Eilat is a beach city, an escape for anyone looking to catch some of its year-round sun. Most days of the week, its visitors are wearing flip-flops rather than ties. That all changes in late February, when the city of Eilat and the greater Eilot region host the best Israeli energy event the country has to offer.
For the fourth year running, hundreds of guests from abroad are venturing to the southernmost tip of the Holy Land to make deals in Israel’s lucrative clean-tech industry.
Run by the city’s municipality, this week’s Eilat-Eilot Renewable Energy Conference, which runs from February 22-24, will offer three days of networking, seminars and expositions for anyone and everyone interested in Israeli energy technologies – from banks and governments to utility companies and entrepreneurs.
Making the event even more attractive, the conference practices what it preaches by offering guests tours to the region’s clean technology beta sites, like the Arava Power installation at Kibbutz Ketura, Aora’s massive "flower" concentrating solar power collector in the desert and Neot Smadar’s passive cooling tower.
This year, it’s a two-for-one: the conference is married to a clean-tech planning conference run by the European EUREKA industrial research program. This organization, whose rotating chairmanship is currently held by an Israeli, will offer a number of joint sessions at the Eilat event.
Installations showcased at this year’s conference aim to answer the question that investors in Israeli green tech often ask: Why isn’t Israel deploying more of its own technology at home?
With endless sunshine almost every day of the year, and the temperature rising to 113 degrees Fahrenheit, the Eilat-Eilot region itself is becoming a clean technology pioneer by using its homegrown technologies to harness the sun’s energy for local use.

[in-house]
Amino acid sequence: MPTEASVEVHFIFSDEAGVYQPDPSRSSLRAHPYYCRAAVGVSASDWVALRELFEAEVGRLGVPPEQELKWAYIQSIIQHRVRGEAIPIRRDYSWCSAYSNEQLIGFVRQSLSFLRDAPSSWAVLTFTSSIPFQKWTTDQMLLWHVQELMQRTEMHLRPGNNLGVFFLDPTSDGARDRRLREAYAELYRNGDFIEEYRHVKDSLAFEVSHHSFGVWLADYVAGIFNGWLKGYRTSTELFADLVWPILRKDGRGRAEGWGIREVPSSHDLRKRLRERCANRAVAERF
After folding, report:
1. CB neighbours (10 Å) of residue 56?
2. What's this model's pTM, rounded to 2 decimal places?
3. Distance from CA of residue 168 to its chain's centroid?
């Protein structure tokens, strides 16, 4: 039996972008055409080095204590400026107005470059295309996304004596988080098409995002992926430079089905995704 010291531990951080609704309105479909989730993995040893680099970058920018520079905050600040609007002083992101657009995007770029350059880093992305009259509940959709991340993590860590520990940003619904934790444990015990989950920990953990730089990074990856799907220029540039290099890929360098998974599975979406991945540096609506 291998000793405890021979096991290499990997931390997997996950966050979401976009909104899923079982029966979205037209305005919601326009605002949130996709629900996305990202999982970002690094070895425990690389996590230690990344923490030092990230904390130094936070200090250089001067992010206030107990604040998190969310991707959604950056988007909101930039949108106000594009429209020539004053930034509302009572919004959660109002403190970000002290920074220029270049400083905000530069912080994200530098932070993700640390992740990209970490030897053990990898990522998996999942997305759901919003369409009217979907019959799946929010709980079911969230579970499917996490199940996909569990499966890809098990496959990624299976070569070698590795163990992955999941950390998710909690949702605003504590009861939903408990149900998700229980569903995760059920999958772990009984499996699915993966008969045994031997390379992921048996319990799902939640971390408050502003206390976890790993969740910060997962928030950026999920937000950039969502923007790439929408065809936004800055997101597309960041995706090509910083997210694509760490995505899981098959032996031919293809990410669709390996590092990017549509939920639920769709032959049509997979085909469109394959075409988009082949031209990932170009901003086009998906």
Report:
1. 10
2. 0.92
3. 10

Dorit Banet, executive director of the Eilat-Eilot Renewable Energy Administration and co-chair of the annual conference, tells ISRAEL21c that "one of the ‘flavors’ of the event this year will be about the Israeli government decisions made about two weeks ago for reducing [Israel’s] greenhouse gas emissions, with a budget of 2.2 billion shekels," she says.
"The government offices will present their activities and grants and will explain how people can apply for these grants. Another aspect will be about the government’s decision for oil substitutes that will take place in the first day. There will be a lot of experts from all over the world who will see how we can increase our oil independence, using other materials that can produce biofuels or gas."
Among the speakers from the renewable energy world will be Dr. Dan Arvizu, director and chief executive of the US Department of Energy’s National Renewable Energy Laboratory (NREL). There will also be plenty of people ready to discuss financing joint ventures and technology, including representatives from Deutsche Bank and many VCs from the United States, in addition to government ministers energy regulators, entrepreneurs, environmentalists and scientists from around the world.
Smart grids will be a strong focal point this year, Banet says, as will talks about what’s happening in Egypt. Israel’s Better Place electric car company will be there, along with the solar energy company SolarEdge, a recent Red Herring winner; and international firms such as IBM, Siemens and Motorola.
The agenda includes sessions on technological innovations for reducing greenhouse gas emissions, deploying smart grids and expanding solar energy and wind power zoning, with panel discussions on the role of governments in promoting alternative energy projects and financing models for renewable energy projects. Case studies will be presented on successful energy projects, with special announcements of achievements expected over the next year.
About 2,000 visitors in total are expected at the event. Expect to see delegations from France, Canada, Korea, the United States, Spain and China roaming about.